nals of Fulda,” which embraces a period of one hundred and & eighty-six years, from A. D. 741 to A. D. 900; the “Annals of
Metz,” which begins with the foundation of the French monarchy, and is continued to the tenth century; the “Memoirs of Louis le Debonnaire," by Thegan, which, besides the personal history of that unfortunate monarch, contains also, the history of the monarchy from his accession to the year A. D. 837.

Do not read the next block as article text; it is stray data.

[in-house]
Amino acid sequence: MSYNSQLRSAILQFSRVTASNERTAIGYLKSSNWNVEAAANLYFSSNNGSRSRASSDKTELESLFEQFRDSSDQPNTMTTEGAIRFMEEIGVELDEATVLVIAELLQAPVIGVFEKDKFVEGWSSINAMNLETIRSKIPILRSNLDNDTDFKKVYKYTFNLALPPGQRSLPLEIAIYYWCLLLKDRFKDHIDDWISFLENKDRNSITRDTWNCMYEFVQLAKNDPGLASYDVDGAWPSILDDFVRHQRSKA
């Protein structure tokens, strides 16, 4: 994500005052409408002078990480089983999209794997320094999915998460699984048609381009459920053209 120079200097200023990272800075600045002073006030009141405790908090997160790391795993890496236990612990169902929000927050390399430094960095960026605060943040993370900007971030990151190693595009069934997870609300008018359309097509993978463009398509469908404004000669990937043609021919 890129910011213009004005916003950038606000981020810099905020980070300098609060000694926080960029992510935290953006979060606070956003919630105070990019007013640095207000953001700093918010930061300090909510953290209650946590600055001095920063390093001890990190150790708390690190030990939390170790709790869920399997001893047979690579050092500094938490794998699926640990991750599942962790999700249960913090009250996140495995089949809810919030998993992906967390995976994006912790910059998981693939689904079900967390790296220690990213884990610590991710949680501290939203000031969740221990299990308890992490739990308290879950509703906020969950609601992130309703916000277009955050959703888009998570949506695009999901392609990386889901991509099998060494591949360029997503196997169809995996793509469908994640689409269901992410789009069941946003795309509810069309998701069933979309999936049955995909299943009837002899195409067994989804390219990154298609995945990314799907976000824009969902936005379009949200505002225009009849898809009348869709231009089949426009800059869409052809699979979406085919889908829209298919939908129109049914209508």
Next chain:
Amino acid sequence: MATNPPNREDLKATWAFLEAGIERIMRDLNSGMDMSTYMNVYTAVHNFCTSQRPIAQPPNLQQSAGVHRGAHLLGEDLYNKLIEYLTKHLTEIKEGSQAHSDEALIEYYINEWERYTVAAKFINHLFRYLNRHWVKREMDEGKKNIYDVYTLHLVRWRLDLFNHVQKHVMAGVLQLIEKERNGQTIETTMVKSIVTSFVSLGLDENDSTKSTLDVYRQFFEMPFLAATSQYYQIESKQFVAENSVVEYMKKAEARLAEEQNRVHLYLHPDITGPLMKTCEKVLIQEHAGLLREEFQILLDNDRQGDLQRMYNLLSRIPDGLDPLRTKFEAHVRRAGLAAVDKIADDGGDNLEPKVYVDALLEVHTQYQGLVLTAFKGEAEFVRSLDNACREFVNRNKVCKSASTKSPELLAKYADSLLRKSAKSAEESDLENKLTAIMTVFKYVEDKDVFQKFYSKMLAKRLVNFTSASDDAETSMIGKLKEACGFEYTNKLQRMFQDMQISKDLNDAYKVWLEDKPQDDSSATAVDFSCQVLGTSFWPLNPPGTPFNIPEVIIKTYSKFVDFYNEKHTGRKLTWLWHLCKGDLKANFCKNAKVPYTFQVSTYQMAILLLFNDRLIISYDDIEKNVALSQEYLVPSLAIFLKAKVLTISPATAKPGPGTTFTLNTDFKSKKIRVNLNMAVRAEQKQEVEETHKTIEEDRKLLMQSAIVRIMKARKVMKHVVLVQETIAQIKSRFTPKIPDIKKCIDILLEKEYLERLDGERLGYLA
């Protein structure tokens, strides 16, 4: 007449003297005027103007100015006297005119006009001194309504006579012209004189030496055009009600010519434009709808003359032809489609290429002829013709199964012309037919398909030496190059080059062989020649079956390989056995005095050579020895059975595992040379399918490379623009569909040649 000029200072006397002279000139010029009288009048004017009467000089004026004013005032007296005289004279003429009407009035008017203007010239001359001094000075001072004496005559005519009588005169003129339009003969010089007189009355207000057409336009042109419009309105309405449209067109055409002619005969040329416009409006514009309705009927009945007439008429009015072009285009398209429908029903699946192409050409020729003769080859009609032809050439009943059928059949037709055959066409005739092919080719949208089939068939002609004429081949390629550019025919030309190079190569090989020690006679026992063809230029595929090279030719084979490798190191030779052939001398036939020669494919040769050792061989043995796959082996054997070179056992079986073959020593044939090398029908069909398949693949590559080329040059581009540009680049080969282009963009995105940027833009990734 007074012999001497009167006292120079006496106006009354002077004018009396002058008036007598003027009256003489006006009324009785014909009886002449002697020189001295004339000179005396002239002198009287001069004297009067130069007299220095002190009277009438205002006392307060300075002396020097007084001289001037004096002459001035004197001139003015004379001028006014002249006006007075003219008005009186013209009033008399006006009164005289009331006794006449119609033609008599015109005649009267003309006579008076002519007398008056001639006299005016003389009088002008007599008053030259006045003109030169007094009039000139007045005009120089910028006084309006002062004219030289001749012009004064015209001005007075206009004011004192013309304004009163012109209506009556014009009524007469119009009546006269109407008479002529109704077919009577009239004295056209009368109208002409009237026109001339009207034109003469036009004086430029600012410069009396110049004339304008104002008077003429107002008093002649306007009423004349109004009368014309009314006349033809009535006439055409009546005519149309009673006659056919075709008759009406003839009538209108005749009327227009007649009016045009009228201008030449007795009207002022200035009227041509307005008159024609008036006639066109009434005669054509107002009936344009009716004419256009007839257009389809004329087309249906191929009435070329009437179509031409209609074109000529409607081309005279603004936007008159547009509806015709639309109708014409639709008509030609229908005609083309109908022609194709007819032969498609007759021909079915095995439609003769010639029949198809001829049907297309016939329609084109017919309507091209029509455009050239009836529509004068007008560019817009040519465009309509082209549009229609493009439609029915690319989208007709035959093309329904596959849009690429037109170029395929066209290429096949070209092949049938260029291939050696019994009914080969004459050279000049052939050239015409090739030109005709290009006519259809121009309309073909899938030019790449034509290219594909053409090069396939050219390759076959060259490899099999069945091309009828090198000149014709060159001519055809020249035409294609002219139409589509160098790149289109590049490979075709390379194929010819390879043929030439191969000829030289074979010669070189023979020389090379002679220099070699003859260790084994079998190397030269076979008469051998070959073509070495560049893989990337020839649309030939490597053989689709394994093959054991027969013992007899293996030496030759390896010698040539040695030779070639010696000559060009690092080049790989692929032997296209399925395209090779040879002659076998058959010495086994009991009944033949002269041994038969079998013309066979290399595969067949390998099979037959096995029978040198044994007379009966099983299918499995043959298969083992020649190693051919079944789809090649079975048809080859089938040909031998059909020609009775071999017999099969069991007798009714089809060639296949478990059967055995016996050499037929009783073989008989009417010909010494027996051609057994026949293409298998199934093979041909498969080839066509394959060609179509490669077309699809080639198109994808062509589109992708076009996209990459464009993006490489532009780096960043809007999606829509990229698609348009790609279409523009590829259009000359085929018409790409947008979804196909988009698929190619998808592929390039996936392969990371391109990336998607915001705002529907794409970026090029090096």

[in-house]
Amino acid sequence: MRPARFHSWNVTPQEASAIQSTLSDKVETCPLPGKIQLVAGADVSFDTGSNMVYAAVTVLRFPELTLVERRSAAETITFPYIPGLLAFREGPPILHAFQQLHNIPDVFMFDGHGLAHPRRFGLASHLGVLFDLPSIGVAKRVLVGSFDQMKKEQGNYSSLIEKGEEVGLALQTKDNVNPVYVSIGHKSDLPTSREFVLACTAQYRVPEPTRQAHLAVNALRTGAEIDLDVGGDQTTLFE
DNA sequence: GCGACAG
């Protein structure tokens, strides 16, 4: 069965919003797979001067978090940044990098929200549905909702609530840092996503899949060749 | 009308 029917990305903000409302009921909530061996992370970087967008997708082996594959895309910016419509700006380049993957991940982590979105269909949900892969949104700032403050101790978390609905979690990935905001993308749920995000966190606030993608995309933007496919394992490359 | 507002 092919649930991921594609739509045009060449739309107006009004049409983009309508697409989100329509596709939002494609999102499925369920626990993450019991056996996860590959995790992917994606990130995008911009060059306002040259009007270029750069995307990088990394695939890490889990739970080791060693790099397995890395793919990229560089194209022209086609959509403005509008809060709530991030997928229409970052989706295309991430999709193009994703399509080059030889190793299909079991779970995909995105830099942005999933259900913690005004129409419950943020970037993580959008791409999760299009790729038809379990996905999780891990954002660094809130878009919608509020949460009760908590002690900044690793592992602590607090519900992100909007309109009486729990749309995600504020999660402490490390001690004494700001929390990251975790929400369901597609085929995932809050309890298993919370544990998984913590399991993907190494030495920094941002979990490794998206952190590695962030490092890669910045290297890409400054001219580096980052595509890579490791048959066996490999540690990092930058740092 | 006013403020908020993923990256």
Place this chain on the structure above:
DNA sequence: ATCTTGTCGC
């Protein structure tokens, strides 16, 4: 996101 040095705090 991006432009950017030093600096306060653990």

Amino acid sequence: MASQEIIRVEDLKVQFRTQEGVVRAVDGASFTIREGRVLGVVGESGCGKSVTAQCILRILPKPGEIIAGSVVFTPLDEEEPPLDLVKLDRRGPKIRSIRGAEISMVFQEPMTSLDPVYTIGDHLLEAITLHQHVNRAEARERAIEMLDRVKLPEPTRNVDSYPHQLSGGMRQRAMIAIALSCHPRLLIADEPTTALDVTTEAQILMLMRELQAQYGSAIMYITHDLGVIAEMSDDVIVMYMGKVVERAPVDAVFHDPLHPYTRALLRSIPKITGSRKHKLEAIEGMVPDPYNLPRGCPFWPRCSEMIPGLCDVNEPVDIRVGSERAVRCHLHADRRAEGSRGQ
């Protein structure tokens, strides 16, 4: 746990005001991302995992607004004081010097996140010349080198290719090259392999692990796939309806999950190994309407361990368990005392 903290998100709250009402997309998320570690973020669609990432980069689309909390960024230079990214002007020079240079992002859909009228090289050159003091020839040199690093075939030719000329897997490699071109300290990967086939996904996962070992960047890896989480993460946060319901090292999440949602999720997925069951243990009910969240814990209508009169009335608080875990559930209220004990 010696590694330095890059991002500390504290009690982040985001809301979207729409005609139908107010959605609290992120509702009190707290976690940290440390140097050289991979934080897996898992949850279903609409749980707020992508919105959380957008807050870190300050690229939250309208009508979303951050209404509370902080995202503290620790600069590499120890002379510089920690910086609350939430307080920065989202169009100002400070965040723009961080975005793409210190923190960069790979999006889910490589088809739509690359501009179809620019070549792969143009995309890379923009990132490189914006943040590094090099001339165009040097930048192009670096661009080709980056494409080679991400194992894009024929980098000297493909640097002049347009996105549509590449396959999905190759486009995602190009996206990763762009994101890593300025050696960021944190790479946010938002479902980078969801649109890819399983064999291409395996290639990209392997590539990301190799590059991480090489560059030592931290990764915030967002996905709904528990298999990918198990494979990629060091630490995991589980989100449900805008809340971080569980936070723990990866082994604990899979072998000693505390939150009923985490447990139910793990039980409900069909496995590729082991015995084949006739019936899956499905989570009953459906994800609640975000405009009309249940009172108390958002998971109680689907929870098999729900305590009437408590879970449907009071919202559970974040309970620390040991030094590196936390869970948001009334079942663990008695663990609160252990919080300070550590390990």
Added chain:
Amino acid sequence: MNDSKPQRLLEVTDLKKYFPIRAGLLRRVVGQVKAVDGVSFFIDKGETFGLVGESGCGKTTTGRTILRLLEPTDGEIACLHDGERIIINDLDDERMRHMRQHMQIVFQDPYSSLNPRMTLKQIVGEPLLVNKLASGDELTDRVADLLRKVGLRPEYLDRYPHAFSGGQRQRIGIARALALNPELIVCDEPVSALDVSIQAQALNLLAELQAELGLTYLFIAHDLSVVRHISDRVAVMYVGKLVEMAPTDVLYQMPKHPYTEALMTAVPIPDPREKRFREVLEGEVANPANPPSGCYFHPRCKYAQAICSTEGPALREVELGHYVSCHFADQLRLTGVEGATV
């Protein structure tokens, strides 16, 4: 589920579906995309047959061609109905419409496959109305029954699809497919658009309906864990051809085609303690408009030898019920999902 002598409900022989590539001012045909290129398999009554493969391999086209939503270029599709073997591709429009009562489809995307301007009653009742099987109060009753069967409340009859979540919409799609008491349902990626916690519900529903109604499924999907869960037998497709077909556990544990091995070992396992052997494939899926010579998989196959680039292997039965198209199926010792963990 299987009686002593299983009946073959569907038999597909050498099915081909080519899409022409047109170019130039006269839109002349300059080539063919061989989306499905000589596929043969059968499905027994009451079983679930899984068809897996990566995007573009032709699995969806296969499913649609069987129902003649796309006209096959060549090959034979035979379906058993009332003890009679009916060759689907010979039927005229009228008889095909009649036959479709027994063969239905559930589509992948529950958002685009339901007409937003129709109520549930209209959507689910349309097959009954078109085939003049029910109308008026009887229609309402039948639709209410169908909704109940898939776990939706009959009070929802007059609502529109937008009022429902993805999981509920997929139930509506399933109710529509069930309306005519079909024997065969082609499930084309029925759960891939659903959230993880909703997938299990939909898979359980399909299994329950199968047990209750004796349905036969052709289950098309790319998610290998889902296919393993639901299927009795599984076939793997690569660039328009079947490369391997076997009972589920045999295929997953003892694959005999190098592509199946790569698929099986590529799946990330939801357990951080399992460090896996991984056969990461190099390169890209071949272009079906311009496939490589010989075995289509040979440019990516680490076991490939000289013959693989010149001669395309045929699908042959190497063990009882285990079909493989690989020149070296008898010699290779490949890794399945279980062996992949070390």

Thegan,mentioned above as the author of the memoirs of Louis le Debonnaire, like all thc leamed men of his time, was an ecclesiastic, and had received such an education as fitted him for the high office of coadjutor to the bishop of Treves. After receiving this appointment, he applied himself with great zeal to the duties of his office, attending more to public preaching, than to priyate